• Application Program Instructions Module 6;
    • Operating System Module 7;
    • Process Synchronization Module 8.

This modular structure separates the processor functions both conceptually and physically. In addition to making the building process easier, this separation clearly identifies the roles of these modules as parts of the system and contributes to achieving the invention goal. All these modules can communicate via the data BUS 4.

The system model is designed with special emphasis on making it simple and easy to build. In this particular embodiment, the RAM 2 contains only sixteen 4-bit addressable storage elements. It only stores operation codes of program instructions, and the instruction operands are implicit in the operation codes. To maintain simplicity, each of the YMEP modules 5, 6, 7, 8 in FIG. 1 implement a minimum number of simplified instructions and/or mechanisms to perform and demonstrate their functions. Such simplifications greatly reduce the complexity of the logic circuits and reduce the time and effort that a student puts in while building the computer system. However these simplifications do not interfere with delivering to the student the intended knowledge. On the contrary, they make it easier to see the underlying mechanisms and functions which are practically the same or similar and expanded in large commercial computers.

Throughout this description document, the word “instruction” is generically used to represent both conventional computer hardware instructions (e.g., increment register A) and larger functions (unlimited in size) that will be implemented in hardware as atomic machine instructions using data structures also implemented in hardware (e.g., update process queue).

The EDM 5 (which will be detailed later) is a simple logic circuit which cyclically generates a sequence of timing signals that constitute an instruction cycle, fetches from RAM 2 fixed-size instruction operation codes and generates for each instruction code an instruction signal, and sends to the appropriate YMEP modules the instruction and timing signals they need to implement their own instructions/functions and internal mechanisms. The work modules 6, 7, and 8 (which will be detailed later) of the YMEP implement a small number of instructions and mechanisms. Each of these modules contains its own control unit circuit and internal registers, buffers, flip-flops (if any), and logic circuits (if any) that it needs.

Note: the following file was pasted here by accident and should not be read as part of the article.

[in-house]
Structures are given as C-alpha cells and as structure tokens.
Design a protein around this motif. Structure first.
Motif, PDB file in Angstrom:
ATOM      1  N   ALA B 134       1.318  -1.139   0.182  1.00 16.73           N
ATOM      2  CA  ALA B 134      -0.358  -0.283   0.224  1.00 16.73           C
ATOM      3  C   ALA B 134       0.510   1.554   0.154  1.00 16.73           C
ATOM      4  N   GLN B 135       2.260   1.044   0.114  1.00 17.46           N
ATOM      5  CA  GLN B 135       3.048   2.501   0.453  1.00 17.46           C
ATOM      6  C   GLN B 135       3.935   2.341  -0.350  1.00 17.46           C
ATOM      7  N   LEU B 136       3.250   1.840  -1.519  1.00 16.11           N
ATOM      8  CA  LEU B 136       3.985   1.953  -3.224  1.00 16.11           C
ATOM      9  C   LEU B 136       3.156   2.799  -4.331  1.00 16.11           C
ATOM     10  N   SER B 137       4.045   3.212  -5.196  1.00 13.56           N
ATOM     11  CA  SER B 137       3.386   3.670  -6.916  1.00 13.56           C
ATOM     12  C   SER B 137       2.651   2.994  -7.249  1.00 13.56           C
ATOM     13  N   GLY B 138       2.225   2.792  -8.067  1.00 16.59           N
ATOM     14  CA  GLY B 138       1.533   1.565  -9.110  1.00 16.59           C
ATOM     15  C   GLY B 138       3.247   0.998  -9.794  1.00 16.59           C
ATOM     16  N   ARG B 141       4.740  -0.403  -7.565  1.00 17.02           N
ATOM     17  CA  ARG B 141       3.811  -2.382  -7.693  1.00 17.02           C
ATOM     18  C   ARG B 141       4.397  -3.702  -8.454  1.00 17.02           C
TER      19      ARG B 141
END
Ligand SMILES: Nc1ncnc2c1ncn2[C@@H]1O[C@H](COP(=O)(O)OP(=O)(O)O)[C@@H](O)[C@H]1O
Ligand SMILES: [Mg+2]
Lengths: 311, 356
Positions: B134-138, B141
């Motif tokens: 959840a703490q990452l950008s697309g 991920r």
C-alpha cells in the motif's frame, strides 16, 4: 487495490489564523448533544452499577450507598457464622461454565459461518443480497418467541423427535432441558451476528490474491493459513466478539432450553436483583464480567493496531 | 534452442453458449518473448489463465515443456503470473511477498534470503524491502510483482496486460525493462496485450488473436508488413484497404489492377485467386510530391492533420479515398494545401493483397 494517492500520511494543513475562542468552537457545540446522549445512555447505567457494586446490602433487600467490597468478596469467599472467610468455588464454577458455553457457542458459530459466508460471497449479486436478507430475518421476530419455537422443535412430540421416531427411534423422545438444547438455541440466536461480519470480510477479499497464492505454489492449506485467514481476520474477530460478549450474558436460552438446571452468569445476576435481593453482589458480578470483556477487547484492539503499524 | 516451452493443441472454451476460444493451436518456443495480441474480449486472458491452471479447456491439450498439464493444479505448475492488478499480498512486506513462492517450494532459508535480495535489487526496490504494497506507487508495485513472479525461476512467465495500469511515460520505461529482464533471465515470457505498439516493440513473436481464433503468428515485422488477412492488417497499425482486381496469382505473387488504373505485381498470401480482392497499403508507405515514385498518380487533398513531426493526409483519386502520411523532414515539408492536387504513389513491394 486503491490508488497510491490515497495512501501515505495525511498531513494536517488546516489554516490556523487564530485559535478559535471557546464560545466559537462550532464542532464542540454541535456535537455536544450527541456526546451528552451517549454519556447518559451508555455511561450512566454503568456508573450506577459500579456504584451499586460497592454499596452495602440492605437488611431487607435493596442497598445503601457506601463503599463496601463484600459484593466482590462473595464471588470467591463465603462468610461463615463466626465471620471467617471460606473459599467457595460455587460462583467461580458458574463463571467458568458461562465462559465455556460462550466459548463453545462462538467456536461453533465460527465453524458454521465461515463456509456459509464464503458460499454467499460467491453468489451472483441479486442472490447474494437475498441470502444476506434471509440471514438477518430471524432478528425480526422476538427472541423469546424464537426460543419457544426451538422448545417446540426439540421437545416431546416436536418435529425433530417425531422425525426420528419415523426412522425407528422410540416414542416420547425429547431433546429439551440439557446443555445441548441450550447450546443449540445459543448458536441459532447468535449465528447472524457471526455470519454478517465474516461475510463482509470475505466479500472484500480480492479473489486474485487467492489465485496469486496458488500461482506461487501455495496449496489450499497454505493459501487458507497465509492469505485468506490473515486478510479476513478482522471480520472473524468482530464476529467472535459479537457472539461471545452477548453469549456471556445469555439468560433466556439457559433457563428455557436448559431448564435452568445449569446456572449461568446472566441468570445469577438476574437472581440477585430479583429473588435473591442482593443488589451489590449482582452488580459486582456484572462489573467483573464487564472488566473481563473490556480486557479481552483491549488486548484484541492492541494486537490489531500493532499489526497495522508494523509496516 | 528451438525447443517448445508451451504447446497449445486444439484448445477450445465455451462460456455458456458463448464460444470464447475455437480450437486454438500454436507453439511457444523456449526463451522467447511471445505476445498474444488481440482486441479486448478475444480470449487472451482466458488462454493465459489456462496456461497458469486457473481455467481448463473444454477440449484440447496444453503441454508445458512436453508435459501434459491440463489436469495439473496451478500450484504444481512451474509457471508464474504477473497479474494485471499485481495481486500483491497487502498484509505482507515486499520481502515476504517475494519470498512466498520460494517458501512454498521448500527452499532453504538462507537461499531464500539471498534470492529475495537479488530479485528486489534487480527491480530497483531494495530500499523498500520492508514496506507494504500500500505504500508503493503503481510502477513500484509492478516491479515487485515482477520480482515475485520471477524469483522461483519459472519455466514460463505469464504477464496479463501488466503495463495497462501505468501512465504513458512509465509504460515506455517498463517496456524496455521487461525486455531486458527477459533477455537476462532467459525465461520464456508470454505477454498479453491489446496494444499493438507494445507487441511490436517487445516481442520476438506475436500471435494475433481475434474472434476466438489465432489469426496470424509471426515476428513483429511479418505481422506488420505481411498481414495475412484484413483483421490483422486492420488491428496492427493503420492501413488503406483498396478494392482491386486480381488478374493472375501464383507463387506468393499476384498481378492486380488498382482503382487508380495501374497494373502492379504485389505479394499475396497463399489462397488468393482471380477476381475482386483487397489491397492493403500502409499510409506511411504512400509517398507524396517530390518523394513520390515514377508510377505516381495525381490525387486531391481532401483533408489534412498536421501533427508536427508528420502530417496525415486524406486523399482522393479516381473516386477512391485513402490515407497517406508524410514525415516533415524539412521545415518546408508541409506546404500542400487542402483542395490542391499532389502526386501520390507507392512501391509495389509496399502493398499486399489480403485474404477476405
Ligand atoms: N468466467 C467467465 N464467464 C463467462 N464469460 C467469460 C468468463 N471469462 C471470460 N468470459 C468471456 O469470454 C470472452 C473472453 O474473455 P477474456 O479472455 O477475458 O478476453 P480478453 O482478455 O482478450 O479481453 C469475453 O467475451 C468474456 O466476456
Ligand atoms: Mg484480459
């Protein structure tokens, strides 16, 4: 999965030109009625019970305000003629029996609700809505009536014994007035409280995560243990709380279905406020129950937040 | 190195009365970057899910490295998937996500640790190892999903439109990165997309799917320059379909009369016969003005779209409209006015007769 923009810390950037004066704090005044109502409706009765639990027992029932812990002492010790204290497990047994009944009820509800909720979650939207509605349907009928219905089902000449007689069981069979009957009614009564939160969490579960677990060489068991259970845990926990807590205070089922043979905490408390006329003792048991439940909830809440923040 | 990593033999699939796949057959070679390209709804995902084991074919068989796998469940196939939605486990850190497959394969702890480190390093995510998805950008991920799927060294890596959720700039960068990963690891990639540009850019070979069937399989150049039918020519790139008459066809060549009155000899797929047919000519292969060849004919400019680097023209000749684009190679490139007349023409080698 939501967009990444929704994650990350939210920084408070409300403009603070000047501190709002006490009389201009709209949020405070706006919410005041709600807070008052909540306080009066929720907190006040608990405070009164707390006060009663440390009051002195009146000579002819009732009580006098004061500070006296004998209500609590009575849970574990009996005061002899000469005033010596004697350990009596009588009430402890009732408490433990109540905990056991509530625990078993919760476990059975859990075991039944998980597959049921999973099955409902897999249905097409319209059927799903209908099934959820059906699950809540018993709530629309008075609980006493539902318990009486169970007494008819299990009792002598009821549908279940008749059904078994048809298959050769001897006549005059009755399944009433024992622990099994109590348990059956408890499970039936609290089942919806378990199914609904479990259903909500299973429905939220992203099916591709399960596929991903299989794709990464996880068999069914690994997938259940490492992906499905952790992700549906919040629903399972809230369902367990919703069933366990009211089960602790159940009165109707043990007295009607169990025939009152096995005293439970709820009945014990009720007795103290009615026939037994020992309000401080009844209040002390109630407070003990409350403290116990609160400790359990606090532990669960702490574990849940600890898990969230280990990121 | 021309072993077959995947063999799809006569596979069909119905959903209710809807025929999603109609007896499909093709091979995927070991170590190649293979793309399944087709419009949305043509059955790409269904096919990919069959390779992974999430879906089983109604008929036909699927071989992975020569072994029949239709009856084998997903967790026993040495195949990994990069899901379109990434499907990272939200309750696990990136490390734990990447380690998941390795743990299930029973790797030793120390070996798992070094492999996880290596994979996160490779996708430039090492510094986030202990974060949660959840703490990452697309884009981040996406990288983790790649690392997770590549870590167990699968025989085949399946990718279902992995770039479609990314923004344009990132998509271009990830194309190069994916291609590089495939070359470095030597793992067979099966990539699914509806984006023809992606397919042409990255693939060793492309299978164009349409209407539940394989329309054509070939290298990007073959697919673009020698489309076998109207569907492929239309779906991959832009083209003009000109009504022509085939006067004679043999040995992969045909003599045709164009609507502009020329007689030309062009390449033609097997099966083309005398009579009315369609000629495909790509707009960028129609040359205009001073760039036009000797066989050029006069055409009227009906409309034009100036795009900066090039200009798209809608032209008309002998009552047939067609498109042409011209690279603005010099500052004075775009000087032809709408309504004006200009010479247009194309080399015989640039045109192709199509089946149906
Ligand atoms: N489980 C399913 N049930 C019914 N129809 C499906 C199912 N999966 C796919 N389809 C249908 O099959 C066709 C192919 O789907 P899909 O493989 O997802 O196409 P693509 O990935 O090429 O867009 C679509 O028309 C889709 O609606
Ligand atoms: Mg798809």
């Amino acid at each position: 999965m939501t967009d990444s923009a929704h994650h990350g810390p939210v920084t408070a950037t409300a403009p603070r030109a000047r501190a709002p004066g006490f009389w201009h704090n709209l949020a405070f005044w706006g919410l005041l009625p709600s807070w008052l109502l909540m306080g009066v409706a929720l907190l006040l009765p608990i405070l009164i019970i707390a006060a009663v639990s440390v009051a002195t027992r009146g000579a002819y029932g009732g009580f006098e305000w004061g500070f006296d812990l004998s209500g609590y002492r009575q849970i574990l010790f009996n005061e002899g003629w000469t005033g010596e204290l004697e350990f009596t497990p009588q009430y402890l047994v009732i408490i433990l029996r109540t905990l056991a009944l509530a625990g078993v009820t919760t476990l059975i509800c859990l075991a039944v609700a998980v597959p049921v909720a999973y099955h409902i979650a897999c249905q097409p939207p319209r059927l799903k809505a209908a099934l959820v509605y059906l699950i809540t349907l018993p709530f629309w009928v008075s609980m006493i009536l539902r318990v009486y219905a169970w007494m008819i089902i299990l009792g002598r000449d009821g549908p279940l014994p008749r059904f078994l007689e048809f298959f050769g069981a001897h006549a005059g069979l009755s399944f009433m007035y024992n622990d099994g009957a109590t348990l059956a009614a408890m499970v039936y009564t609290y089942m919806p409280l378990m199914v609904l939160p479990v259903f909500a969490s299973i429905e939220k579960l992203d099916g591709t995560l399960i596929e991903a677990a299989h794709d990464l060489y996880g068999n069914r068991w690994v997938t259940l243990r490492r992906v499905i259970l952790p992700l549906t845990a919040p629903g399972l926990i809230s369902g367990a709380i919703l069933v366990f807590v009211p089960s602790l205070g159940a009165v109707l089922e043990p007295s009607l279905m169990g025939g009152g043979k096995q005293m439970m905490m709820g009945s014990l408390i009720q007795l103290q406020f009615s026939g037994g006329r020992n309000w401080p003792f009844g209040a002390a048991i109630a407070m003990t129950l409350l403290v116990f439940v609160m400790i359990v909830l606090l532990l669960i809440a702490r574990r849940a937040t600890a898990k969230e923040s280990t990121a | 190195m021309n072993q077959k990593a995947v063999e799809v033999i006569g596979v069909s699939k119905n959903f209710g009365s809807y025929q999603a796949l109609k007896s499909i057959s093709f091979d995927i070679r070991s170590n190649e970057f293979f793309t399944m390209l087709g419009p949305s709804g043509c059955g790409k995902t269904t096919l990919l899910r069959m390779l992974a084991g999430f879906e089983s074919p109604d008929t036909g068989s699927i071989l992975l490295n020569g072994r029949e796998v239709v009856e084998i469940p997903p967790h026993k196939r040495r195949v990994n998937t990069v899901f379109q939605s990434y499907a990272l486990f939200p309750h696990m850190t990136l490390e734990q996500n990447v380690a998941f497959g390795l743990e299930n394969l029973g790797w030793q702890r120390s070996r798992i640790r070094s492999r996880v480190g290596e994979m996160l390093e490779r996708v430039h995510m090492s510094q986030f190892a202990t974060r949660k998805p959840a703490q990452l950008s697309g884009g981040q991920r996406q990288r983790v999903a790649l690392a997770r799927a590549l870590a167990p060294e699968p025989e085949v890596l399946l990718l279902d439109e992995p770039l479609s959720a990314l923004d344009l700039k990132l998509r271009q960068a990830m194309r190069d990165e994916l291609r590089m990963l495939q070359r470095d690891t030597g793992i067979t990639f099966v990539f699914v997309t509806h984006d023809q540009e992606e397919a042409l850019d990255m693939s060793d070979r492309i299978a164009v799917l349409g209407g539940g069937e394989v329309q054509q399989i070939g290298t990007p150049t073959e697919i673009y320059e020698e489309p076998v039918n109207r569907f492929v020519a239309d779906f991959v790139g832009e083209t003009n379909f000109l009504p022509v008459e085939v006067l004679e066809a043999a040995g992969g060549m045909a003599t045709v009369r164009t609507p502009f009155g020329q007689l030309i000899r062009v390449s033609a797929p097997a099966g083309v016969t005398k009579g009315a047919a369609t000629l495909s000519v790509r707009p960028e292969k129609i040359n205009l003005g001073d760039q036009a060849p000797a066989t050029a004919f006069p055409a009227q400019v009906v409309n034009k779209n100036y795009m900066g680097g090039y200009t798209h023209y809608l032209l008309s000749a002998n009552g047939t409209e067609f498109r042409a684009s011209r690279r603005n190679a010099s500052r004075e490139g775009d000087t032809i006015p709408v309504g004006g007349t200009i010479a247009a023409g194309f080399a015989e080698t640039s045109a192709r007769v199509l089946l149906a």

The EDM 5 of YMEP 1 runs at a slow speed (e.g., execution of an instruction typically takes about four seconds) so that the student can comfortably monitor and verify the correct execution of program instructions that he/she builds. This monitoring is done via LED's connected to the registers, timing signals, instructions signals, the BUS, etc. The student can also easily adjust the execution speed for a slower or faster rate (described later).

FIG. 2 shows the components of the lab kit that a student uses in building the YMCS.

The LAB project manual of the kit in FIG. 2 guides the student during this building process. The student installs the integrated circuit chip on the breadboard and interconnect them via wires. The first project builds the EDM 5 of FIG. 1 and installs memory 2 and the I/O devices 3. The remaining four projects describe how to build modules 6, 7, and 8 in FIG. 1. The modules 6, 7, and 8 can be built and tested for operational correctness in any preferred sequence.

The components in FIG. 1 (except for the project manual) are commercially available electronics products and are not part of this invention.

The RAM layout in FIG. 1 is for a target computer that implements all four work modules 6, 7, and 8. The YMCS embodiment that will be presented below will use the RAM layout in FIG. 1. As this embodiment will show, in spite of this small RAM, the YMCS capability of implementing high-level software functions as machine instructions makes it possible to deliver to its builder a large volume of knowledge.

BRIEF DESCRIPTION OF THE DRAWINGS

FIG. 1 shows an overview of the Yunten Model Computer System (YMCS)

FIG. 2 shows hardware kit components and an example computer

FIG. 3 shows a detailed view of the YMCS